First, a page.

I had applied for a PhD course at a university in US while I was in my home country but was granted admission after arrival to US on H-4 visa.
If you think and/or know you'll have to deal with US consulates abroad anytime in the future again - applying for additional non-immigrant visas such as H-4 and the like I would wait 90 days + before applying for any COS with USCIS.
If my answer is the "BEST ANSWER" and/or "HELPFUL" please mark it accordingly. Fluent in 7 languages. Certified Specialist in U.S. Immigration & Nationality Law, The State Bar of California, Board Of Legal Specialization. 26 years of successful immigration law experience. The answer above is only general in nature and cannot be construed as legal advice, given that not enough facts are known. It is your responsibility to retain a lawyer to analyze the facts specific to your particular situation in order to give you specific advice. Specific answers will require cognizance of all pertinent facts about your case. Any answers offered on Avvo are of a general nature only, and are not meant to create an attorney-client relationship.
While in general principle Mr. Behar is correct - the Foreign Affairs Manual rule now is that you cannot take any action inconsistent with the original stated purpose of entry until at least 90 days after admission, or you may be presumed to have misrepresented your intention at time of admission - in this case, those purposes are not inconsistent, since even H-4 spouses without work authorization are allowed to attend school full time.
However, I would caution that you should speak to an immigration atttorney in private about all of your circumstances, including whether your H1B spouse is being sponsored for residence, and whether you anticipate the possibility of divorce, since H-4 status allows dual intent, and F-1 student status does not.
This is general information only, and is not intended as a substitute for legal advice. Communications in an online forum do not create an attorney-client relationship. For legal advice specific to your circumstances, you must consult an attorney in a private, confidential setting.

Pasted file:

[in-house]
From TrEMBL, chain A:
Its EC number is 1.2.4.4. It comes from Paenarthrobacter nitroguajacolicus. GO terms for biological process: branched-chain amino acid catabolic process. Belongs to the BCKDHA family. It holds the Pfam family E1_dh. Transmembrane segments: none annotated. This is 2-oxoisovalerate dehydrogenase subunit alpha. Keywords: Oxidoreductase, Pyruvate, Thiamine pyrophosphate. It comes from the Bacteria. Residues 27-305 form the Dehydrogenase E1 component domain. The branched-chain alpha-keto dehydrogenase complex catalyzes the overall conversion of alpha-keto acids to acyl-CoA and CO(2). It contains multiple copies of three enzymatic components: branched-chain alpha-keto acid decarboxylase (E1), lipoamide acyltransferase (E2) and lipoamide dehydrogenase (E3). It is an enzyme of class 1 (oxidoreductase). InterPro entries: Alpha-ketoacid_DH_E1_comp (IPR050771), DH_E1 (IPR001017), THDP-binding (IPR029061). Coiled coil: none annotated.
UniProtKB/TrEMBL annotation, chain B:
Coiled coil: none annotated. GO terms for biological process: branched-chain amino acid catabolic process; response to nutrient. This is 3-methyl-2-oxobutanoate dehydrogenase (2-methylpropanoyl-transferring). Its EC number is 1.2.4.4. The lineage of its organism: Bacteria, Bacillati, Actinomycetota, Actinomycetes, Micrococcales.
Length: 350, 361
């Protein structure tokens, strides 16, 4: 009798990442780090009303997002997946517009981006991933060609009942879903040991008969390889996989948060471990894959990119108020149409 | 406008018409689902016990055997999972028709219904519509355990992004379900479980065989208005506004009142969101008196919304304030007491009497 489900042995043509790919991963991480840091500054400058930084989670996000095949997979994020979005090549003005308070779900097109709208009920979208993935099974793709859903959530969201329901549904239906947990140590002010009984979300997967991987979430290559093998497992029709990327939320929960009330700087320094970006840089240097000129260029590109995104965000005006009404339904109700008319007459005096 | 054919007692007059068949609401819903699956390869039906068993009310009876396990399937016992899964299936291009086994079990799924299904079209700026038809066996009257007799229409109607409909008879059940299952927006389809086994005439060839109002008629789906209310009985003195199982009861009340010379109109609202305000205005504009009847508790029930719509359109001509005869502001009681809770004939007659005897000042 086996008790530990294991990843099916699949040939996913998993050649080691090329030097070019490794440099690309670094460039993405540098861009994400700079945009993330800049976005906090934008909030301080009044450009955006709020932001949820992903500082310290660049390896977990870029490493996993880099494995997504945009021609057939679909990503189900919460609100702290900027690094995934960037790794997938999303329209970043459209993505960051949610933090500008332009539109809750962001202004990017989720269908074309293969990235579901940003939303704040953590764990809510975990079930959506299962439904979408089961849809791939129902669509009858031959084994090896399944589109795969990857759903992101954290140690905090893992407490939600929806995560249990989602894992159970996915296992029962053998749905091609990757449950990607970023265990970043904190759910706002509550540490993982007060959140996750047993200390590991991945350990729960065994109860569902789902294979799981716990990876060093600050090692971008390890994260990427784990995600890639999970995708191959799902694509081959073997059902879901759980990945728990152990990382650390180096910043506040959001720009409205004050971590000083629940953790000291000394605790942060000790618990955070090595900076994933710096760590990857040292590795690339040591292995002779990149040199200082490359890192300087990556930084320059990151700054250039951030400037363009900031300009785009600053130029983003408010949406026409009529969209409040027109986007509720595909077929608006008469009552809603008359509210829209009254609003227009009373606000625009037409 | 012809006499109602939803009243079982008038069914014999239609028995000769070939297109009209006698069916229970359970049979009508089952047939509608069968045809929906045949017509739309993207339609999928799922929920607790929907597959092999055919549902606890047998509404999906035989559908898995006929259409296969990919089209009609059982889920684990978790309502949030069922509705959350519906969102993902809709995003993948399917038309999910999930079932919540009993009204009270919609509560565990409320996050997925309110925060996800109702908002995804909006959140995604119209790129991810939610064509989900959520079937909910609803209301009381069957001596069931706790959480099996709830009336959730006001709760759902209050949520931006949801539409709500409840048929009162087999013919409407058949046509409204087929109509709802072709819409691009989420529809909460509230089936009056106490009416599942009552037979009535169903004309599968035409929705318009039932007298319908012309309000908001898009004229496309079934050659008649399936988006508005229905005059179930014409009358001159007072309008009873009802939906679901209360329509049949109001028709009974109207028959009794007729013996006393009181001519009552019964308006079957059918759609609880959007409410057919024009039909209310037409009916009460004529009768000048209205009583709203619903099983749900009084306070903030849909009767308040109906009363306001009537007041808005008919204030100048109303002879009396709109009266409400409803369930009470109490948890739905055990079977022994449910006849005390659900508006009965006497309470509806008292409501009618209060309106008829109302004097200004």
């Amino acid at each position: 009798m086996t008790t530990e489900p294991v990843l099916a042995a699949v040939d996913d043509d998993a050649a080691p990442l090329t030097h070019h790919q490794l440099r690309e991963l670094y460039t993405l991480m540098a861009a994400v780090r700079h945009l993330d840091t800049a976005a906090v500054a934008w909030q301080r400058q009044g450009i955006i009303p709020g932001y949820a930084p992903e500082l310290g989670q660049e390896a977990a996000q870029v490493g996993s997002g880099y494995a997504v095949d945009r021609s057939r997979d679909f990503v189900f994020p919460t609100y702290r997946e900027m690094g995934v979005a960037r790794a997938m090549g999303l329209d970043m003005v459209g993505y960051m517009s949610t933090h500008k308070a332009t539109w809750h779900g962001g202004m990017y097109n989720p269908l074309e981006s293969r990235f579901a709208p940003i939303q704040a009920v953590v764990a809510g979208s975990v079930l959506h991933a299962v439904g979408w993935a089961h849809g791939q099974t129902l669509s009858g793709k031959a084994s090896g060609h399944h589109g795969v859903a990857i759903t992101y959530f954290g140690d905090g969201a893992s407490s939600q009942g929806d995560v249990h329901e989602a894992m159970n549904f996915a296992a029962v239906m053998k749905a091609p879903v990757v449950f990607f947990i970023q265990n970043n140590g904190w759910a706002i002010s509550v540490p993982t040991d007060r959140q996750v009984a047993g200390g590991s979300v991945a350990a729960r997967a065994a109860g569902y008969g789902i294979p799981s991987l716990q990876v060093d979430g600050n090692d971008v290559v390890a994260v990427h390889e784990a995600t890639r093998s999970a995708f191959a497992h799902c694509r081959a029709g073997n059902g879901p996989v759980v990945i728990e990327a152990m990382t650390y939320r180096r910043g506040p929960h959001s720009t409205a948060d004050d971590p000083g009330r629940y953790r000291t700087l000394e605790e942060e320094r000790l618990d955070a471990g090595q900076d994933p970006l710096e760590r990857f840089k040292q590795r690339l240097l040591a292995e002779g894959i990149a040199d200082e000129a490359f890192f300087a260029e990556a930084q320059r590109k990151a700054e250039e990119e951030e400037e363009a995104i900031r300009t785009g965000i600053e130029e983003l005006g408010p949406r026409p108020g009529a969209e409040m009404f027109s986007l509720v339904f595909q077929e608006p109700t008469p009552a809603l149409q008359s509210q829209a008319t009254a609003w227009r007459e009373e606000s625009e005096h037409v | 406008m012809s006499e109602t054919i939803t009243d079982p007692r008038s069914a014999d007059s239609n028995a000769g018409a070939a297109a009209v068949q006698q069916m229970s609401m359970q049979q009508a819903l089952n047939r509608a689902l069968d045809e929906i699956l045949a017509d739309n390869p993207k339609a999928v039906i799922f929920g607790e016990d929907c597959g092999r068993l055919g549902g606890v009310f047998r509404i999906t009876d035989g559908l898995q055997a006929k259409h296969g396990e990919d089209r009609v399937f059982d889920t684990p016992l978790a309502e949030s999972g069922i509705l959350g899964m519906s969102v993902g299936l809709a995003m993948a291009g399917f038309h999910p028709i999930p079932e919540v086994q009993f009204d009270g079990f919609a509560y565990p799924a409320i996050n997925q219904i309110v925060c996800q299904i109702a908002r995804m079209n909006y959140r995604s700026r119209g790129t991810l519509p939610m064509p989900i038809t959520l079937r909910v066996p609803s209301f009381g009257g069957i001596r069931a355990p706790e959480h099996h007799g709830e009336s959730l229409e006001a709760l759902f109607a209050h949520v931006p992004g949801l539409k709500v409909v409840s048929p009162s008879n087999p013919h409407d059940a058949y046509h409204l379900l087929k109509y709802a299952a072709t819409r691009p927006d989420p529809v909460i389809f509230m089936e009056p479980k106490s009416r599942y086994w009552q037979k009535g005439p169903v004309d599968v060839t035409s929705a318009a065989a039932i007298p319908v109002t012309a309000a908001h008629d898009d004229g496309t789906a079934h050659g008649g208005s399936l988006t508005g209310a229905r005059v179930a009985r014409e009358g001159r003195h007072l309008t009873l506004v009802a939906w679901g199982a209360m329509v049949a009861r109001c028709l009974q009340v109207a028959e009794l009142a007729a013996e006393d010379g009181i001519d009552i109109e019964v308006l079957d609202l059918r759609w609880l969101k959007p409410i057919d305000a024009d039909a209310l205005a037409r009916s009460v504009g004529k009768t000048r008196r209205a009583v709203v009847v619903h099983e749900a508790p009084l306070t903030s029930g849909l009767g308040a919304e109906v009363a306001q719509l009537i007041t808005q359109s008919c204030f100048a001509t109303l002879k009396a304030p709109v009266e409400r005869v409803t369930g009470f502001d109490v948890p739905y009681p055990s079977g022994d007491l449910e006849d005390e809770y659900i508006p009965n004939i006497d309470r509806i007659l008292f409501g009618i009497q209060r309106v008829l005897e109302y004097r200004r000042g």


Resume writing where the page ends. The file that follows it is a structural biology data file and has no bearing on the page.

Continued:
I suggest going home to apply for the F-1 ... to do otherwise would appear that you were trying to 'back-door' your visa.
Further, it will take 5-10 months for CIS to process a COS to F-1.
Do the right thing ... don't try to take a shortcut.
PROFESSOR OF IMMIGRATION LAW for 10+ years, practicing 100% immigration law for over 40 years -- All responses on this blog are offered for informational purposes only. It does...
Immediately present your immigration visa issues to the sponsoring company's immigration attorney.
DISCLAIMER The opinion given above by the lawyer serves for educational purposes only and provides general information and basic understanding of the applicable law. Take notice that the answer above does not create an attorney-client relationship as this website is not intended to provide a case specific legal advice. Anyone using the site expressly consents that there is no attorney client privilege between any person and any attorney responding. Further take notice the site should not be used as a crude substitute for any professionally competent legal advice by a licensed attorney in the applicable jurisdiction. The attorney above attempted to provide a competent professional opinion, however, laws and applications change frequently and vary greatly in U.S. jurisdictions and locales, therefore, any information and opinions expressed above remain general in nature, and may not apply to specific, factual or legal circumstances related to one's present legal issues. Contact an experienced lawyer admitted to practice in the State to obtain comprehensive legal assistance before making an informed decision regarding a particular legal issue within an attorney-client privilege setting. Respectfully, Attorney Alexander Ivakhnenko, Chicago, Illinois
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